We all pay as we go

We’ve all been there: a busy week, lots of homework, you’ve hit all your classes and still worked enough shifts to survive until the next pay period. But then one of your professors decides to throw down; it’s time to prove what you’ve learned.

Now you’ve got three days to head over to the testing center and take the exam. You’ve got class in the morning and then it’s off to work for the night; so, by default you’ll take the test on the last possible day, which unfortunately means you’re going to have to fork out a little cash for it. They don’t ask much. But, one is inclined to ask aren’t we already paying enough for this?

The late fee can be seen as a way to fight procrastination. You’re given two-thirds of the allotted run of the test to take it before being charged.

But once we are given the responsibility to get an education, we no longer need regulations to dictate our wise use of time. There will always be those busy weeks when we can’t find the occasion to make it to the testing center, and we shouldn’t be monetarily punished for having too many responsibilities.

It’s complicated. Late fees are the one source of revenue the testing center has. It’s split into two divisions: assessment testing and (the unavoidable) classroom testing. The assessment testing is self-sustained. Any cost for the assessment test is covered in the application.

The only source of revenue (including the money that pays students who work there) for the testing center comes from the fees we will inescapably pay. Essentially, by being late (or justifiably busy) we’re helping our peers make ends meet.

But, if the testing center is a service it should be a service provided from the university, and funded through the institution itself. Education and testing should be a package deal.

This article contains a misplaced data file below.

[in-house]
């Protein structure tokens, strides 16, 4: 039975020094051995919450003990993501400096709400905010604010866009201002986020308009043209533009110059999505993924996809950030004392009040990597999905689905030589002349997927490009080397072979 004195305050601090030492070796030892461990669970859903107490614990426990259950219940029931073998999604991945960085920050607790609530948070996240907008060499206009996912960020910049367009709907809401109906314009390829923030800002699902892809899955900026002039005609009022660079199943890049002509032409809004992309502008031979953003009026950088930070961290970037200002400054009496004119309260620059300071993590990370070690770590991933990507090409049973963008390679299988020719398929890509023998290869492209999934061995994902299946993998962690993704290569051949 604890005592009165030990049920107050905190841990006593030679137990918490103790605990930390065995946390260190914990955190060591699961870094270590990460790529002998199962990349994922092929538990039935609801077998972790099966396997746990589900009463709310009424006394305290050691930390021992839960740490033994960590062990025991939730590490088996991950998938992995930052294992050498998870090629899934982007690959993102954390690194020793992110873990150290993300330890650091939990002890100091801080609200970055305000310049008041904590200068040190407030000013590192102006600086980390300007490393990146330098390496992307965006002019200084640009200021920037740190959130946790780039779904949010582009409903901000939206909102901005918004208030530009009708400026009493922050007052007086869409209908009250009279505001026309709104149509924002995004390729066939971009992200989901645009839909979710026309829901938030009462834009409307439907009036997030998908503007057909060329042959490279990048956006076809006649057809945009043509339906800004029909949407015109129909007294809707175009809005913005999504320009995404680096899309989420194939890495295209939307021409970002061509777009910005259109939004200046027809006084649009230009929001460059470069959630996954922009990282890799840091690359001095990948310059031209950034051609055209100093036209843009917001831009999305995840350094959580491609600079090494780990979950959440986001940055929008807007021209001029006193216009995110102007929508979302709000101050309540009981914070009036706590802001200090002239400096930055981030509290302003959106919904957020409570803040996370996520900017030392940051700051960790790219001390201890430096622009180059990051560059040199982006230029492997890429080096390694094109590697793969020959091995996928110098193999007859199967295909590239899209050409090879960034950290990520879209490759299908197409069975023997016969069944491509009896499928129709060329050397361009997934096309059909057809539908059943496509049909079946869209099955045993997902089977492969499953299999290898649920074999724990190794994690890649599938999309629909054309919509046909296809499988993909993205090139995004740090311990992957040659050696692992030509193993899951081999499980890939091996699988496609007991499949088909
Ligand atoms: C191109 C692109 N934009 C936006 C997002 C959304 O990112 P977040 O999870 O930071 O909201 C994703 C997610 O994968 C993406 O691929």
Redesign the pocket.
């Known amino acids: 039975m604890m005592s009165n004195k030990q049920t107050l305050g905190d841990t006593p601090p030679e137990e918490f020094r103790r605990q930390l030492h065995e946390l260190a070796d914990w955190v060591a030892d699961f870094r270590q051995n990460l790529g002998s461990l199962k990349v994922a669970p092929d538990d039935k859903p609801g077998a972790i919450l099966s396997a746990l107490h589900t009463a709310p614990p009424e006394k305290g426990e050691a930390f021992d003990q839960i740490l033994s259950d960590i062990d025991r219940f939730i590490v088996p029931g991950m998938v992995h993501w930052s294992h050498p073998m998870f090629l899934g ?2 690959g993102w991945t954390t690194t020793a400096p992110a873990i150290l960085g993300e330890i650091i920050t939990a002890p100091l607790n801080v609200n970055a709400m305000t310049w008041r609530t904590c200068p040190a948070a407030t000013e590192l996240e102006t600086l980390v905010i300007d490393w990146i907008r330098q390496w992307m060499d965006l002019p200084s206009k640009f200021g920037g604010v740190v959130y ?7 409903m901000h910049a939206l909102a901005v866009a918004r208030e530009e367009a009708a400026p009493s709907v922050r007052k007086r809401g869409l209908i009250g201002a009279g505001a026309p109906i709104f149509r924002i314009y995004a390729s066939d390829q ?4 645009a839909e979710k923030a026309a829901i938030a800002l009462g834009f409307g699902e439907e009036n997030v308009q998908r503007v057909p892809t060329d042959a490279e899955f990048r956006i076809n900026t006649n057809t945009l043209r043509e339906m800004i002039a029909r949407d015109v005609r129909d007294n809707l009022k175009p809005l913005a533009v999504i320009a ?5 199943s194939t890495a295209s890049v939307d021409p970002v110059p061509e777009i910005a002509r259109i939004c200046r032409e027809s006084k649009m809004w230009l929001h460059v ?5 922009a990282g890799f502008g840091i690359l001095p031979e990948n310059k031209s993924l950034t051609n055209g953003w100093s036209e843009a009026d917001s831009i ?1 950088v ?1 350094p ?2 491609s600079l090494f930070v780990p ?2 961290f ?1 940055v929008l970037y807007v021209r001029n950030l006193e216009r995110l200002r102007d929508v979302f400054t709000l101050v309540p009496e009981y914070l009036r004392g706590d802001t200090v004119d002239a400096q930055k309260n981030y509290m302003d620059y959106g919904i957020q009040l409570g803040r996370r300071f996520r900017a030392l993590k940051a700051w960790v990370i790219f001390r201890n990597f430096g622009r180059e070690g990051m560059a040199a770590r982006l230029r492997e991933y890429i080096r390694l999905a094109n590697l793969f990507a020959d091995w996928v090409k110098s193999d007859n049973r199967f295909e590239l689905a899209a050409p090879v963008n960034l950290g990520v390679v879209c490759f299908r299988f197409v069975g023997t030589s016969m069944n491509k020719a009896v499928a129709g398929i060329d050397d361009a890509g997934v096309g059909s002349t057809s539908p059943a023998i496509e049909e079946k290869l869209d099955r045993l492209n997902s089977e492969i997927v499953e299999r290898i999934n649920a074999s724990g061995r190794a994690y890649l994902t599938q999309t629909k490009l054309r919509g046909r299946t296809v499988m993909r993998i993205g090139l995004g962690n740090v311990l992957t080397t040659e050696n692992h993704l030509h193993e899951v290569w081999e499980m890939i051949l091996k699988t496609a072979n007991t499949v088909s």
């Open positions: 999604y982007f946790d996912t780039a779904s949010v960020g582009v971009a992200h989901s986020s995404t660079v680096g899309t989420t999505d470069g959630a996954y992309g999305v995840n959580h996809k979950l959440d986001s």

We’re adults, we have things to do and places to be. Our schedule isn’t always going to mesh, and sometimes we just need more time, perhaps to work, maybe we have three other tests, maybe we’d feel better if we had that one more day to study.

Instead we’re pressured into taking the exam as quickly as possible. That $3 could go for something else, and as college students we need every penny. That $3 could be a meal or a gallon of gas. It looks like we’ve got the short end of the academic stick.

We’re paying for this education, sometimes on our own dime, sometimes through debt. Throw us a bone; let us take a test according to our schedule without the threat of charges for what should already be covered.

Alex Sousa is studying journalism in UVU’s communication department. He’s serving as the managing editor at the UVU Review as well as the editor of the music blog on uvureview.com. He’s had experience working as a freelance writer and also as a copy writer at a marketing agency. Currently he’s working as the Editor-in-chief of the Utah Tech Magazine, an interactive, digital publication. He’s a Utah native who’s traveled around the world; having lived in Mexico, backpacked through Europe, studied in the Middle East and—for a time—been stranded in the Ukraine. He can be found on Facebook and he’s available on Twitter @TwoFistedSousa or by email at aljosousa@gmail.com.

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